We are developing the social individualist meta-context for the future. From the very serious to the extremely frivolous... lets see what is on the mind of the Samizdata people.

Samizdata, derived from Samizdat /n. - a system of clandestine publication of banned literature in the USSR [Russ.,= self-publishing house]

Samizdata quote of the day

“The developed world’s response to the global energy crisis has put its hypocritical attitude toward fossil fuels on display. Wealthy countries admonish developing ones to use renewable energy. Last month the Group of Seven went so far as to announce they would no longer fund fossil-fuel development abroad. Meanwhile, Europe and the U.S. are begging Arab nations to expand oil production. Germany is reopening coal power plants, and Spain and Italy are spending big on African gas production. So many European countries have asked Botswana to mine more coal that the nation will more than double its exports.”

Bjorn Lomborg

9 comments to Samizdata quote of the day

  • Natalie Solent (Essex)

    Quite. Regarding the moves by rich-world governments to dismantle fossil fuel infrastructure while simultaneously begging oil-producing countries to sell us more of the stuff, readers might be amused to see (and if you are quick, comment upon) an article on a similar theme that has recently appeared on the Guardian‘s US edition: “Cities are banning new gas stations. More should join them”. The author, Nathan Taft, says,

    People are tired of being forced to pay obscene amounts of money for fuel every time there’s an international incident.

    I really don’t think that advocating the closure of petrol stations across the US in order to stop people having to pay “obscene amounts of money for fuel” is going to go down well.

  • Rudolph Hucker

    Meanwhile …

    The Netherlands said Monday it will lift all restrictions on coal-fired power stations to counter a drop in gas supplies from Russia, a day after neighbouring Germany took a similar step.

    Austria returns to coal era in hedge against Russian power play

    Poles told to gather firewood amid soaring energy prices

    Poland wants to subsidise coal to prevent price speculation

    Germany to fire up coal plants as Russia turns down the gas

  • Paul Marks

    It is not just Germany that is closing nuclear power stations – California is doing so.

    Not that California will have oil and coal powered stations – no the plan is to import electricity from hundreds of miles away (in other States), much of this energy will be lost down the power lines meaning that MORE C02 will be produced than if California produced the hydrocarbon power locally – but they do not really care about C02.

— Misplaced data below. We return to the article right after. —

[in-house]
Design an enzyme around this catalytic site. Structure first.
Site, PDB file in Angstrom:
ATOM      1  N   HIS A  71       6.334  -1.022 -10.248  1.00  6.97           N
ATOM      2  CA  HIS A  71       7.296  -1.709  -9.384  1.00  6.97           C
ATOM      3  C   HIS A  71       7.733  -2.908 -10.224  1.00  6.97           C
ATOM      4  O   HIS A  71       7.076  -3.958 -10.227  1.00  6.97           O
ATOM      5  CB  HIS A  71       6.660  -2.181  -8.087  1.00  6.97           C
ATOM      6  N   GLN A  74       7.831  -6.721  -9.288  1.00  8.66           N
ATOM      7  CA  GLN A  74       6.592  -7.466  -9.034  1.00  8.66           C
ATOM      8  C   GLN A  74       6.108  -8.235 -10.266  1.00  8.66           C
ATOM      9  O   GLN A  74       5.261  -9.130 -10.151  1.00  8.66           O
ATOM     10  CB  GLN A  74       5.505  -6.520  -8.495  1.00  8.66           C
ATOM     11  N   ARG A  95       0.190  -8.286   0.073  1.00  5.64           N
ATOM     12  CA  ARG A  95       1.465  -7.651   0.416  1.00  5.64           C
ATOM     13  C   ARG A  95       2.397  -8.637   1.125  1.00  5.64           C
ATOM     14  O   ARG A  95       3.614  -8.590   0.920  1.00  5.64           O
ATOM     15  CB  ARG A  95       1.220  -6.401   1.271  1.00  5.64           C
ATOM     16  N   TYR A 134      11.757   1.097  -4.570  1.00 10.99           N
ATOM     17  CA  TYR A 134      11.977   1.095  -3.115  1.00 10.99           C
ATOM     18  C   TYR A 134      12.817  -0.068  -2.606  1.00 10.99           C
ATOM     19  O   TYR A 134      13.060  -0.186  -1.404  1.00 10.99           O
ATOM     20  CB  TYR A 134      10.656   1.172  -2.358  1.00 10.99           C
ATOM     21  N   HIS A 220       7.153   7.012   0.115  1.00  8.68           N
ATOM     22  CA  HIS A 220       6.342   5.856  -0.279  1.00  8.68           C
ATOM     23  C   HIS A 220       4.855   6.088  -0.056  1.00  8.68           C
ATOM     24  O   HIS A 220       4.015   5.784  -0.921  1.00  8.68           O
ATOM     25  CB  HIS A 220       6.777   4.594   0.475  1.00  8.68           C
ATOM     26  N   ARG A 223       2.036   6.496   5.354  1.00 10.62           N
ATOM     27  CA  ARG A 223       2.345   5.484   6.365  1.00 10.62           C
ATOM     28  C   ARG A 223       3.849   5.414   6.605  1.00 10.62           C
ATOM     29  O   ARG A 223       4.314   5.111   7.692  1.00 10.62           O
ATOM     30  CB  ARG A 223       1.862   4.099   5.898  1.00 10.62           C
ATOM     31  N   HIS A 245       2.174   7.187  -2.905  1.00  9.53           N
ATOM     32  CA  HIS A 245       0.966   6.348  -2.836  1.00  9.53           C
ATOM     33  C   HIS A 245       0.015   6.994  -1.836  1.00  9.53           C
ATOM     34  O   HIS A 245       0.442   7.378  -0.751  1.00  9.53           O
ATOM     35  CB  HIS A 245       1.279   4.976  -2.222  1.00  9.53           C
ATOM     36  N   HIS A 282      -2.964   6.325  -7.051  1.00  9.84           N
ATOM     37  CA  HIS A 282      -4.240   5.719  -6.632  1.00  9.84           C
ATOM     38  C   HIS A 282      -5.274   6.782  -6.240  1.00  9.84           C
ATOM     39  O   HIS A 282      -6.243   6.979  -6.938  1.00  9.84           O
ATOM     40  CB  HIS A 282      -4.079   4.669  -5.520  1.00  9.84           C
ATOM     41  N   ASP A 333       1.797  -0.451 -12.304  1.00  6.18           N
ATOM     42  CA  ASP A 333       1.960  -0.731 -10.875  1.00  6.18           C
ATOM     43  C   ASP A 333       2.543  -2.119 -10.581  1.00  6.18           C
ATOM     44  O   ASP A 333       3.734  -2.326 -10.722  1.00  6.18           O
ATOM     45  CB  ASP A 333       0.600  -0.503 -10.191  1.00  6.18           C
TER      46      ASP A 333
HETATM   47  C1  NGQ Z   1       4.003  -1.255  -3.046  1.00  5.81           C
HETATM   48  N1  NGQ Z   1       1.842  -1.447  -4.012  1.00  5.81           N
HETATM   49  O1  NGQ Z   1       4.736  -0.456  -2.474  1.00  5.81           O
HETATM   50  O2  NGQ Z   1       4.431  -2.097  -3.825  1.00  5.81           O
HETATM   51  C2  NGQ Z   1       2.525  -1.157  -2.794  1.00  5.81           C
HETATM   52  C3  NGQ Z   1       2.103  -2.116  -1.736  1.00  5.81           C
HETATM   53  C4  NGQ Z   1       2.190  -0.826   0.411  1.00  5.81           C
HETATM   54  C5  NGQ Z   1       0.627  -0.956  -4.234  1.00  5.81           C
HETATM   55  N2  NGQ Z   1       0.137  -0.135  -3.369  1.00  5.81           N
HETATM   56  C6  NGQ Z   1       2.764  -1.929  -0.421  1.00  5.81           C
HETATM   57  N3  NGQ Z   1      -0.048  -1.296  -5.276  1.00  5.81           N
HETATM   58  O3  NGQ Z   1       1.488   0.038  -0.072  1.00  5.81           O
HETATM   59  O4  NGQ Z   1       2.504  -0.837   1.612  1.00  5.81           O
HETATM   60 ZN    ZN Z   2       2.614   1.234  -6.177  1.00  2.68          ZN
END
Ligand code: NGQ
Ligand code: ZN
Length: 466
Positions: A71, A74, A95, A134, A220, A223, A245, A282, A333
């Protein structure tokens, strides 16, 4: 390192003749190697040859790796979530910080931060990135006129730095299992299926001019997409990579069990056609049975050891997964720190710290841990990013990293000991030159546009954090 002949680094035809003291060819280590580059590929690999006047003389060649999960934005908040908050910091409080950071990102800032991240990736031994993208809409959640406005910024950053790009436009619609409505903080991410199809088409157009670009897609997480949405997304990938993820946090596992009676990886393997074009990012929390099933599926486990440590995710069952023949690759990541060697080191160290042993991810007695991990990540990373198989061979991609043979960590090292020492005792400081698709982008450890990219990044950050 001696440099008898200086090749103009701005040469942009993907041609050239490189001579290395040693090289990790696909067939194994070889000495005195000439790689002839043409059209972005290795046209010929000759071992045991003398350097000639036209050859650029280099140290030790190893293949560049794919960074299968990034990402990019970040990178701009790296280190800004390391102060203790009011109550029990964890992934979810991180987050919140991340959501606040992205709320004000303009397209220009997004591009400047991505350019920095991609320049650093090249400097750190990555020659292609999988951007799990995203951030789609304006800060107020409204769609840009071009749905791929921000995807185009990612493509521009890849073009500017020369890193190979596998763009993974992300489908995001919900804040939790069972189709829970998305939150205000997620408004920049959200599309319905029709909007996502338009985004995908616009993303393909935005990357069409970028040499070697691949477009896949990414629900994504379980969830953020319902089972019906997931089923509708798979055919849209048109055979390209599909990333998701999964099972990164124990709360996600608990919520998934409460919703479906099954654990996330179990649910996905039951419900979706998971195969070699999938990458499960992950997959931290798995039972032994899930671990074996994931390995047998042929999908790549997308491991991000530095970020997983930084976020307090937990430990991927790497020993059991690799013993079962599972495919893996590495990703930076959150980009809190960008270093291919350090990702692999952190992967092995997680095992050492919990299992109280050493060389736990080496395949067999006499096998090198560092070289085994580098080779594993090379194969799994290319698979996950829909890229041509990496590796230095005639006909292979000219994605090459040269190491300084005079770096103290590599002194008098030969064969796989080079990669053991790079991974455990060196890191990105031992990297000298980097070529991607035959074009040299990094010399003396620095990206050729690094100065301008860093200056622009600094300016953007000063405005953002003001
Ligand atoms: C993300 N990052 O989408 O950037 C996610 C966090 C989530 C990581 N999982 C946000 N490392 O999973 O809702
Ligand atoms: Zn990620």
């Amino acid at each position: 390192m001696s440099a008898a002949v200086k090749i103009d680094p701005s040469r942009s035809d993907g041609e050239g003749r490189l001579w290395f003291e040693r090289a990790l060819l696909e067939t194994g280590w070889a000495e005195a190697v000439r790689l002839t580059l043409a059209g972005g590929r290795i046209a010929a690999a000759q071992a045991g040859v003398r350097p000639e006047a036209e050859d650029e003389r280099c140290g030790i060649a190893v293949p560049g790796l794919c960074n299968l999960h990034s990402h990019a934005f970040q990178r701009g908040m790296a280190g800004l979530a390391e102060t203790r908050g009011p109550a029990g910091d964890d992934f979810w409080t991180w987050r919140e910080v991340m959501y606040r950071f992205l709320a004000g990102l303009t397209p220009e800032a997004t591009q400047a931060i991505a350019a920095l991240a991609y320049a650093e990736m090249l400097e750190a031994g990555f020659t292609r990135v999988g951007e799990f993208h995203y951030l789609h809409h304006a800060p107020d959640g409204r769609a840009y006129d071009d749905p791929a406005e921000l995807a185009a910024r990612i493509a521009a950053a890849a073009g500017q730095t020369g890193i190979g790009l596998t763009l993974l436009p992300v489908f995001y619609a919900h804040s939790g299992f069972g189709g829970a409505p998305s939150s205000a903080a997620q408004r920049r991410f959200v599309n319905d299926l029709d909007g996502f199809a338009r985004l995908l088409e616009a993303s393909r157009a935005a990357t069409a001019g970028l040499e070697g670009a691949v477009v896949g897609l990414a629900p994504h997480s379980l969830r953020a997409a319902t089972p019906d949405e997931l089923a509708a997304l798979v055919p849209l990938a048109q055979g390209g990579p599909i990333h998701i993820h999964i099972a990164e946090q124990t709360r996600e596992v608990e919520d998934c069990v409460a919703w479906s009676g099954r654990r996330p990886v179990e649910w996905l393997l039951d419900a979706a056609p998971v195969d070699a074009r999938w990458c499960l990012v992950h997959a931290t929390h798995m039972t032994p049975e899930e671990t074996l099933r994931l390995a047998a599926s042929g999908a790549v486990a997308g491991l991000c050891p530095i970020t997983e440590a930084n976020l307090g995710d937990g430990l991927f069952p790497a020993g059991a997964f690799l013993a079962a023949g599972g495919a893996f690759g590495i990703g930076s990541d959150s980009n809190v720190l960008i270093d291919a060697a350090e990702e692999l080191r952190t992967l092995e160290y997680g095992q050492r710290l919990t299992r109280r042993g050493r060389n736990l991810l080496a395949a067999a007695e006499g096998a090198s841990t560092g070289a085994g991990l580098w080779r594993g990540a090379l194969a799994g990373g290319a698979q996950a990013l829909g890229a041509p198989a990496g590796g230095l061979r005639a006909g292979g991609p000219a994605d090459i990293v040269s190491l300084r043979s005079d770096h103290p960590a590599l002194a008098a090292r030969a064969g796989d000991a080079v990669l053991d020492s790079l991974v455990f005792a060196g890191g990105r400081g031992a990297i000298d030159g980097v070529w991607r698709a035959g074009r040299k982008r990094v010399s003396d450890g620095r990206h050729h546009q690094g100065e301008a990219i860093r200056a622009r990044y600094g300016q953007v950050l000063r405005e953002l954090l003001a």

They do not care about wildlife either – their wind turbines kill vast numbers of birds.

  • TomJ

    I remain hopeful that Allam cycle plants will live up to their promise; not only do they neatly solve the tricky part of CCS, the capture of the CO2, but they don’t produce oxides of nitrogen which are a dashed site nastier than poor old maligned CO2. Without actual emissions, the regressives will have to find another reason to fight against burning natural gas…

  • Stonyground

    Reality doesn’t go away if you pretend it doesn’t exist, who knew?

  • I really don’t think that advocating the closure of petrol stations across the US in order to stop people having to pay “obscene amounts of money for fuel” is going to go down well. (Natalie Solent (Essex), June 21, 2022 at 12:18 pm)

    IIRC, Stalin used a similar approach to stop Ukrainians having to pay obscene amounts of money for food in the early 30s – but in those days the Manchester Guardian (as it then was called) did not praise him for it, though the western woke of their day did.

    I am glad Botswana will be making more money from renewed western willingness to buy its coal. I wonder what other benefits might flow to poor African countries from western dewokification. Could we, for example, find some task we could pay Rwandans to do for us?

  • Paul Marks

    You are mistaken Niall – the Manchester Guardian, like the New York Times, covered up the murder of millions by Stalin – indeed Malcolm Muggeridge was sacked for trying to expose the truth.

    As for Agenda 2030 and all the rest of it – yes they do not want all the people who now have petrol cars to be going about in electric cars. The idea is for most people to not have long range cars.

    The batteries for all those electric cars would be an environmental disaster, and the power grid could not power tens of millions of electric cars – especially with traditional power stations (coal, gas and so on) being eliminated.

  • Paul, I take your point but see some difference between the March 1933 New York Times (eagerly printing and affirming Walter Duranty’s murder-loving lies) and the Manchester Guardian of the same date (toning down Malcolm Muggerage’s forthright articles and only printing a few of them). Readers got some of what Muggerage wrote.

    For the record, IIUC the Guardian published only three articles (out of more that he wrote) and the paper edited (to tone down) those three. I am assuming they were not edited so much as to contradict my claim the Manchester Guardian did not praise him [Stalin] for it [the famine, and specifically the steps he took to ensure Ukrainians could not buy food from less-famished areas of the USSR]. Anyone who has actually read any of the articles please feel free to comment.

    In any case, thanks for your comment. It (and hopefully my reply also) does give readers a fuller picture of the situation.

  • Paul Marks

    Niall I accept your correction – and I thank you for correcting me.